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Bumblebee - Review

Bumblebee

Review by Rob Carnevale

IndieLondon Rating: 4 out of 5

WHO knew there was room for emotion in a Transformers movie? After five films of being bombarded with increasingly loud pyrotechnics and scantily clad women, the decision has been taken to scale things back.

Out went Michael Bay and in came Travis Knight, whose animated feature Kubo & The Two Strings immediately suggested a change in thinking. Admittedly, Bumblebee was initially conceived as a spin-off from the Michael Bay movies designed to broaden the Transformers universe in a manner befitting Disney’s Star Wars.

But after the critical pounding and commercial under-performance of The Last Knight, Bumblebee now arrives like a new start and even a fighting of the wrongs.

For starters, it’s much more family friendly. Gone is the hung-ho machismo, the military fetishism and the women draped across cars. Instead, we have a coming-of-age meets triumph-against the odds adventure that wears its inspirations like a heartfelt badge of honour.

The touchstones are obvious but beautifully realised. The original Transformers animated series, for instance. This taps into the tone inherent within those, opening with a fanboy shout-out set on Cybertron as Bumblebee makes his desperate escape to Earth.

Then there’s Steven Spielberg, who remains an executive producer. This has an ET feel in its central relationship, as the alien Bee befriends a teenage girl, Charlie (Hailee Steinfeld), and becomes something of a surrogate father and best friend as she struggles to get to grips with a great tragedy in her life.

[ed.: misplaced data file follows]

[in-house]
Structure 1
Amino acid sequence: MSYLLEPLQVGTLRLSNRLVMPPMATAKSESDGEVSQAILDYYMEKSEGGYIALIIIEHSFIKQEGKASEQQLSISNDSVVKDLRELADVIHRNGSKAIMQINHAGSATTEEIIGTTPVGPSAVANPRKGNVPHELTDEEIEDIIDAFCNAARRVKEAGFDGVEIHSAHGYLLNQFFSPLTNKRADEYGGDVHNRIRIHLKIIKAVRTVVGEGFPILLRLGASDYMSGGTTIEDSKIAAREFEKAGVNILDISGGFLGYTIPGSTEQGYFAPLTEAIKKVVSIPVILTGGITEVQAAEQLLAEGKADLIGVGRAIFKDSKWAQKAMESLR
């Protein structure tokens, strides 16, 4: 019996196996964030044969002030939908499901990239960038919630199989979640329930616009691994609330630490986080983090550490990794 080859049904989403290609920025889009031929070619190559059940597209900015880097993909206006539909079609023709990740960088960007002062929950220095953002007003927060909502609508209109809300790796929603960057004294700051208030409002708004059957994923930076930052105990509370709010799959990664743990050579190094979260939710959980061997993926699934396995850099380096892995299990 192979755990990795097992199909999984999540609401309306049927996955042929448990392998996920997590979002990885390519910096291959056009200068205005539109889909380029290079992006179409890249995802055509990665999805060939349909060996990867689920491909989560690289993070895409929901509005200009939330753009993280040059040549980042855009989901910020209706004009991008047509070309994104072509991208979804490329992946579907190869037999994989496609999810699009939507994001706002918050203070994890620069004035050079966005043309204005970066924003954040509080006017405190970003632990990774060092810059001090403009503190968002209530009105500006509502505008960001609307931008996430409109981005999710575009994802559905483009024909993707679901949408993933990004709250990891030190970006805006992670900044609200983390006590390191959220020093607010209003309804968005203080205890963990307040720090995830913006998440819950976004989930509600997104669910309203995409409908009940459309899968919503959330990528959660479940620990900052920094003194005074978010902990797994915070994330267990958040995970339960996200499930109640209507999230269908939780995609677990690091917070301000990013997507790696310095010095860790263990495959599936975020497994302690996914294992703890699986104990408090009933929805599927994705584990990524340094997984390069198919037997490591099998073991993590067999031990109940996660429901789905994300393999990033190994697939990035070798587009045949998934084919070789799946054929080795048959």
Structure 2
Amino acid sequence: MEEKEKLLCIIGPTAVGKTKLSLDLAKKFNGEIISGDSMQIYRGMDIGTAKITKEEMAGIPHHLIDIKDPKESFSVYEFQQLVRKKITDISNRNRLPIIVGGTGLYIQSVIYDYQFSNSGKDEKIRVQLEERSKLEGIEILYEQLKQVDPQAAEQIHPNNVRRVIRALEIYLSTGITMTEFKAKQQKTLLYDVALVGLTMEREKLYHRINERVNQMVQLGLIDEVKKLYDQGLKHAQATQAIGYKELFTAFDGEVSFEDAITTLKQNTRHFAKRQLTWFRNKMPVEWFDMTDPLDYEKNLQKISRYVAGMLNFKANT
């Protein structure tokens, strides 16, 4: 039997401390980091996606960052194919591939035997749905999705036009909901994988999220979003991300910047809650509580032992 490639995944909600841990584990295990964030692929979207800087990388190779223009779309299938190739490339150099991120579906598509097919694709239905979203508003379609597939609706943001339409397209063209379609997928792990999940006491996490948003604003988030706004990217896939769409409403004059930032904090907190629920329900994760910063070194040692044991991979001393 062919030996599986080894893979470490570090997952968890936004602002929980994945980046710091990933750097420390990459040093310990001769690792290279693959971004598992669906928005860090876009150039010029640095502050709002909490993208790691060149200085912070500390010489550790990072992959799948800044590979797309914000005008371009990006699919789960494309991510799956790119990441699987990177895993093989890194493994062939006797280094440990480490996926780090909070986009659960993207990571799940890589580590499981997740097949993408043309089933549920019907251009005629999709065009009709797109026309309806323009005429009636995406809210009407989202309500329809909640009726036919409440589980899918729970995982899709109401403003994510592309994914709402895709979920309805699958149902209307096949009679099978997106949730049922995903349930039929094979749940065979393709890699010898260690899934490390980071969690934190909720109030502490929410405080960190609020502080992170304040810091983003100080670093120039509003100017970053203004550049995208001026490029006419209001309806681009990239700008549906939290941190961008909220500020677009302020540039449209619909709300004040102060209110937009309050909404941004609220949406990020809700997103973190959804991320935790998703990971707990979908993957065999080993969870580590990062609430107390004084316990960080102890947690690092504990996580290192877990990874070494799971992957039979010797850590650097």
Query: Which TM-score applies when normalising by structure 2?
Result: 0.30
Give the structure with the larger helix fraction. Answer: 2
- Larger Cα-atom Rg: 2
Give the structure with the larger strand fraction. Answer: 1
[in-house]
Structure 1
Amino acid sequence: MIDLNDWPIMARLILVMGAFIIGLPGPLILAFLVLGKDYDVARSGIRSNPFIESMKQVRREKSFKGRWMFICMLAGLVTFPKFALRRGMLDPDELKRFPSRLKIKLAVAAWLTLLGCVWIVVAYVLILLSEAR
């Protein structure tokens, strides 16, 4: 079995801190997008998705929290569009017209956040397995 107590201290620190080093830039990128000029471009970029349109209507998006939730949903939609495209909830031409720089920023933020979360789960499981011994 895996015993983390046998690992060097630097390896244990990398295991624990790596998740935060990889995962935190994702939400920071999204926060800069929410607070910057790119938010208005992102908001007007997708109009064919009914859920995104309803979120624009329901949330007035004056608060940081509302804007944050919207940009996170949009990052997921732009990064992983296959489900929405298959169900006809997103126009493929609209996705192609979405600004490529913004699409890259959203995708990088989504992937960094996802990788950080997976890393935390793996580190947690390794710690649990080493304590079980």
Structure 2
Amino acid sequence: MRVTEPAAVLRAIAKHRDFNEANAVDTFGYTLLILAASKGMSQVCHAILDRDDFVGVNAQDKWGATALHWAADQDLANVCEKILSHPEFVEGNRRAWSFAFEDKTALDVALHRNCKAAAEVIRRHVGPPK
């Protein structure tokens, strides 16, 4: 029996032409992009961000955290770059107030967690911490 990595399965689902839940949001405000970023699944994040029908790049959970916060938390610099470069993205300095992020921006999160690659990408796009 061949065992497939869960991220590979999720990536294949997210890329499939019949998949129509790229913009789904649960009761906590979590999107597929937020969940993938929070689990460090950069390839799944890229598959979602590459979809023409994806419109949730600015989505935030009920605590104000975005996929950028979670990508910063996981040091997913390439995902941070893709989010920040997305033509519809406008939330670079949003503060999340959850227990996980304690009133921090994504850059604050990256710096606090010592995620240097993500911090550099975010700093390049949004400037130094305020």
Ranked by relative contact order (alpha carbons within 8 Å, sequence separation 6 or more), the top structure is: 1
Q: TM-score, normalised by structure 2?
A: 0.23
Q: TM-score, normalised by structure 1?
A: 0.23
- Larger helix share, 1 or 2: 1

Bee is being hunted, too, by the US military (and John Cena’s Agent Burns), and by two Decepticons. Hence, Knight’s film – working from a screenplay by Christina Hodson – balances family-style bonding with an inevitable race-against-time scenario, delivered in a boisterous manner befitting early Spielberg and homage-paying JJ Abrams (of Super 8 fame).

And then there’s the 80s setting, which allows Knight to indulge himself [and us] in retro playfulness. Everything from Mr T to The Breakfast Club via Miami Vice, A-Ha and Steve Winwood gets referenced here.

Another of Bumblebee’s great strengths, however, is that it knows how to honour its conventions and inspirations while still being savvy enough to subvert some of them.

Cena, for instance, offers a clear nod to the muscle men of the 80s (from Schwarzenegger to Stallone) but his quips combine classic cheesiness with knowing humour (he gets to dryly point out the fact that the name Decepticons should be a red flag). And where Bay’s movies sought cheap thrills in half dressed women, Knight opts to get the men topless here instead.

Bumblebee

But while keeping a great emphasis on fun, Knight knows how to balance this out with human drama too. He wants you to care and maybe even shed a quiet tear.

The relationship between Bee and Charlie is at the core of the movie’s success. It’s evident in the care that has been taken with capturing Bee’s expressions, and enhanced by the shading Steinfeld brings to Charlie.

Hence, while the film still impressed on a technical level and delivers several thrilling set pieces, it works as well as it does because of the emotional investment Knight ensures you have in the characters – an investment which overcomes some of the film’s more generic and obvious moments.

Bumblebee therefore rates as a charming surprise. It’s a Transformers movie to enjoy and even care about… and one capable of turning around this franchise’s fortunes for the better. It’s Breakfast Club-style air punches all round!

Certificate: PG
Running time: 2hrs
UK Release Date: December 23, 2018 (Previews December 15-16)